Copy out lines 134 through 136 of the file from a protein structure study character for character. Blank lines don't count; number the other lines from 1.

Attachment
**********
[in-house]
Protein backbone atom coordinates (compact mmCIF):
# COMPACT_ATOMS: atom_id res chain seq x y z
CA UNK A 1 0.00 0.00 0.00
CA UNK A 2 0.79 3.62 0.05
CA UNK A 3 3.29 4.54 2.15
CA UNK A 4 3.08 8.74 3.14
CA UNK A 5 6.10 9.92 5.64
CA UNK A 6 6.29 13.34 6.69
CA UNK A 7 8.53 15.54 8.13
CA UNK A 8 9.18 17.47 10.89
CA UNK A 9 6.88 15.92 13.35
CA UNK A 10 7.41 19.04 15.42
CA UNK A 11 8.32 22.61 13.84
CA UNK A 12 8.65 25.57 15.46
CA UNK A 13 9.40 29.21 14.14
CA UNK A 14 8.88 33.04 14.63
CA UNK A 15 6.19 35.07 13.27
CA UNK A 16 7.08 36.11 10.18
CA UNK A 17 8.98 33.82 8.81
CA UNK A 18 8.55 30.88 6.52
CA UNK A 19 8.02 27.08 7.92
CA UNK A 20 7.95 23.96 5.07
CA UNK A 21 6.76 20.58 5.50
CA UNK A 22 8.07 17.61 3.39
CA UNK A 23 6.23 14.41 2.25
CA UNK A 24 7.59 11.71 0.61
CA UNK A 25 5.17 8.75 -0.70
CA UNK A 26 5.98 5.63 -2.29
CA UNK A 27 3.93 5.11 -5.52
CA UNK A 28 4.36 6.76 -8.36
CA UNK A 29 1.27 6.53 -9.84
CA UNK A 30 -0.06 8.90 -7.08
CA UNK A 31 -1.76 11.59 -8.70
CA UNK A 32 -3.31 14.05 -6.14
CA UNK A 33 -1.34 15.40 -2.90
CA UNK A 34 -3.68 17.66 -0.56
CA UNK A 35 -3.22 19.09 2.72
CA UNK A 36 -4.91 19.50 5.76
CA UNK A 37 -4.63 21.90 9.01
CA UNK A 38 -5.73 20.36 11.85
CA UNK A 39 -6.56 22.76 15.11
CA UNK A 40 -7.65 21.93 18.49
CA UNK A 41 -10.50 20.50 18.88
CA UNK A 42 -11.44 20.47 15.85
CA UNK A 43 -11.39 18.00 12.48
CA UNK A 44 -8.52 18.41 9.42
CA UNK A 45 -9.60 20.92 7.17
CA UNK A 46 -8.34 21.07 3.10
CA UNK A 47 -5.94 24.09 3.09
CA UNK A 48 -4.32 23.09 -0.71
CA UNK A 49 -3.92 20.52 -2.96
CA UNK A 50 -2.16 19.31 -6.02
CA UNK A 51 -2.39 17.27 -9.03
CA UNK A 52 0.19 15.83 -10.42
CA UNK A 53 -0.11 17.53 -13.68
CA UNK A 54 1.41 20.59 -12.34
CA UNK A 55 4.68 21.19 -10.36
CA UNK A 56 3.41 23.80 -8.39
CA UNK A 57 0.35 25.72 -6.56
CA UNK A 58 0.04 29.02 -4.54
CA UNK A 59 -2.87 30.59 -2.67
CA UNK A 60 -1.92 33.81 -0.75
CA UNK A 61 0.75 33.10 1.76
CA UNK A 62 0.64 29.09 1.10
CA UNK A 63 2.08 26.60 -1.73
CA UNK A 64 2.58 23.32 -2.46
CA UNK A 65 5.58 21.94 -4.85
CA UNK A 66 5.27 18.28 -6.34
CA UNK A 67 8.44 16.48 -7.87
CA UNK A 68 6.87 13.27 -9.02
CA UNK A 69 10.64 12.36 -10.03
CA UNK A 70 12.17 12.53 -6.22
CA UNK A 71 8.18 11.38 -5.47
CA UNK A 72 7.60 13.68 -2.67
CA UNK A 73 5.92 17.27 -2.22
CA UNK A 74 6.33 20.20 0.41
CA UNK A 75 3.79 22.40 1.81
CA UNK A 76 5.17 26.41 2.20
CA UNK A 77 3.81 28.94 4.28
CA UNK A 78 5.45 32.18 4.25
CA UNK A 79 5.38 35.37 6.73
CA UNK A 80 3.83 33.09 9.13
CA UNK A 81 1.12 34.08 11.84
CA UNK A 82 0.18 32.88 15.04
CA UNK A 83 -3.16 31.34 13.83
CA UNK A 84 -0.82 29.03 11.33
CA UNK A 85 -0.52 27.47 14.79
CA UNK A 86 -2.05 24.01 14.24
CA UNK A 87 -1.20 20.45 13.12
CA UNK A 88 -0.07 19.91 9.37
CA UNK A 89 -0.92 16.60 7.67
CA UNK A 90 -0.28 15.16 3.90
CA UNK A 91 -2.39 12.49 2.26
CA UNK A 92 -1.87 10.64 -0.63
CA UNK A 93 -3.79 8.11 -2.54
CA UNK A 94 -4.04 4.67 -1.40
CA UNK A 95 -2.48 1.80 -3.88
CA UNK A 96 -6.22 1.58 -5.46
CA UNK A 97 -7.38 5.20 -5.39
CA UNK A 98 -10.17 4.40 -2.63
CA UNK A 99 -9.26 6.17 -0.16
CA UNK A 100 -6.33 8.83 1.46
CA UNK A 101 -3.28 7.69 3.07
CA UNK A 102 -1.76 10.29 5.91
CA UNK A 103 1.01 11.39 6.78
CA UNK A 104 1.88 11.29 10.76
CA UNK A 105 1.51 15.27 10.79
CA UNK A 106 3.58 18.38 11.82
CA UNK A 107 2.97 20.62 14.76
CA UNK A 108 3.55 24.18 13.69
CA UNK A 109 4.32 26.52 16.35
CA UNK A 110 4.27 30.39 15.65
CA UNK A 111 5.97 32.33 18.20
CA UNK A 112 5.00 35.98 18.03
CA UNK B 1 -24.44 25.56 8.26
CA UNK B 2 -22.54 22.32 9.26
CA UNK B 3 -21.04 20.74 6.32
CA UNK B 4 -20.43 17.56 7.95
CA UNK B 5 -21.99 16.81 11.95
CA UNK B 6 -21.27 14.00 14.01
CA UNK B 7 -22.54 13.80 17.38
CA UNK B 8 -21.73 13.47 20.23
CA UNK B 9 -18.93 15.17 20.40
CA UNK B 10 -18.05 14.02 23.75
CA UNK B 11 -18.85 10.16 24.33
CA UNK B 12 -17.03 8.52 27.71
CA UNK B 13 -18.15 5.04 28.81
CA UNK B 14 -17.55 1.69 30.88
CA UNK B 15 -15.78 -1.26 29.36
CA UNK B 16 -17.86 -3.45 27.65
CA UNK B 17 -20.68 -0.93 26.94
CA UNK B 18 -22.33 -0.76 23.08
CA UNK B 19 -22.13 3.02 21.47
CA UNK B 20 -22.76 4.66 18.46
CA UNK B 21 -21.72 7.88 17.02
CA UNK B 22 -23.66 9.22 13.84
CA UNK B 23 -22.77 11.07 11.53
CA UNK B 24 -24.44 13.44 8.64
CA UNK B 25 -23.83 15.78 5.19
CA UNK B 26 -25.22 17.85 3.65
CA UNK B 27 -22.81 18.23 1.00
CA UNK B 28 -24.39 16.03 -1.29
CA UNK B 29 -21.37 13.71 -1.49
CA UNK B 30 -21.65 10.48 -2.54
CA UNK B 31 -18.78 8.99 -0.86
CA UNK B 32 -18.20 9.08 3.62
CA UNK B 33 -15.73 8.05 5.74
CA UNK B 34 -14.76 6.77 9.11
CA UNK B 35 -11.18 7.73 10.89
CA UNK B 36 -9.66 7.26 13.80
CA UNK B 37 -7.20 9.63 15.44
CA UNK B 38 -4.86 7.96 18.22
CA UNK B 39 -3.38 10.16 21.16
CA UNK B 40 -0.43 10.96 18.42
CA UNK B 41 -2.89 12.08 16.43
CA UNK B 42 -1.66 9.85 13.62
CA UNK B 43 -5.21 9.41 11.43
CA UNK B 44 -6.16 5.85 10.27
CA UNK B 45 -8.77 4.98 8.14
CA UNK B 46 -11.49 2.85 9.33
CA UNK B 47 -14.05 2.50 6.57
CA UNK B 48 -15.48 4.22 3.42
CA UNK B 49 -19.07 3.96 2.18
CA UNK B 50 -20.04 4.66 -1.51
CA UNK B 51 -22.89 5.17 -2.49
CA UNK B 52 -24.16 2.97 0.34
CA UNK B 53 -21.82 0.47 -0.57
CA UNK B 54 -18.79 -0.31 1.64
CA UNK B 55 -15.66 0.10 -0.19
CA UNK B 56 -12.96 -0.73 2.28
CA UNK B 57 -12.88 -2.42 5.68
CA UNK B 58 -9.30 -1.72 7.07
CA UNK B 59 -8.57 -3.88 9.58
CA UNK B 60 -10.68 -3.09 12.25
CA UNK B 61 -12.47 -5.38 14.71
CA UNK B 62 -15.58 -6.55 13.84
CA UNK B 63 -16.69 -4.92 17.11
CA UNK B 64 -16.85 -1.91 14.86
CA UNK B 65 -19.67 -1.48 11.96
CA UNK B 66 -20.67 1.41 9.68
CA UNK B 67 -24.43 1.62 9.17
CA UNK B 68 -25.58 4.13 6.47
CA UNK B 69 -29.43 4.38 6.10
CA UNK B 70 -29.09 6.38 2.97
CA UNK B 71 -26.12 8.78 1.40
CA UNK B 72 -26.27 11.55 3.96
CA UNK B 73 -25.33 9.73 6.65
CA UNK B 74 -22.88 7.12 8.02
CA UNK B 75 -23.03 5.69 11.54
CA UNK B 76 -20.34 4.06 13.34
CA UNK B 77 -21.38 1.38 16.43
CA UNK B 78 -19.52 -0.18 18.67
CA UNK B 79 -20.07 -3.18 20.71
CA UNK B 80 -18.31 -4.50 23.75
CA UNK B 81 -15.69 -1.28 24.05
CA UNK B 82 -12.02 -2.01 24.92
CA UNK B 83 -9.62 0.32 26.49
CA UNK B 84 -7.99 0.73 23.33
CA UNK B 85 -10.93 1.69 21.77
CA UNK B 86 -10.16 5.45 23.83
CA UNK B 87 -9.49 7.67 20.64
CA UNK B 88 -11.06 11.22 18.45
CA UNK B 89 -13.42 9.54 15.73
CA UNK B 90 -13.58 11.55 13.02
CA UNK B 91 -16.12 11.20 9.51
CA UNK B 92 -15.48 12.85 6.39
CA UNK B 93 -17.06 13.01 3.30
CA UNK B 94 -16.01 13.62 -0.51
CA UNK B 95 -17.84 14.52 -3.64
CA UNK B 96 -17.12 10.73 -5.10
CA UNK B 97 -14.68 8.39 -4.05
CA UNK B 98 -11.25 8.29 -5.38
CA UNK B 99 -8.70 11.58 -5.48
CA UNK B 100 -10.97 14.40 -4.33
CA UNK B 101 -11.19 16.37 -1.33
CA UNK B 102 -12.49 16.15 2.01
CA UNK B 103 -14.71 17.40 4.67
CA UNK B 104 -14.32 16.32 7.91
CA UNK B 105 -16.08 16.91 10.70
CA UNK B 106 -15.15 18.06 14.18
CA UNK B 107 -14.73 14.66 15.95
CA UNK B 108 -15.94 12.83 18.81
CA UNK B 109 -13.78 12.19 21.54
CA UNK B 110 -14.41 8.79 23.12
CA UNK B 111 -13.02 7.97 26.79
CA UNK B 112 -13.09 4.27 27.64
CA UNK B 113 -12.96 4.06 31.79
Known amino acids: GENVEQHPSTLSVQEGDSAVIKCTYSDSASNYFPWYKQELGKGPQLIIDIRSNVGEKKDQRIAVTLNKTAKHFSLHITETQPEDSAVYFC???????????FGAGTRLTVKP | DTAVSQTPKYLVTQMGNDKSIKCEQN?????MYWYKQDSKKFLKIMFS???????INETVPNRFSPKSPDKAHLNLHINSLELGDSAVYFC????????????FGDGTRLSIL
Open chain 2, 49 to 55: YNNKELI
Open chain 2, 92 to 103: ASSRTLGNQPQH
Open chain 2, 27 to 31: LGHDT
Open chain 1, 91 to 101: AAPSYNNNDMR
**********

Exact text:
CA UNK B 19 -22.13 3.02 21.47
CA UNK B 20 -22.76 4.66 18.46
CA UNK B 21 -21.72 7.88 17.02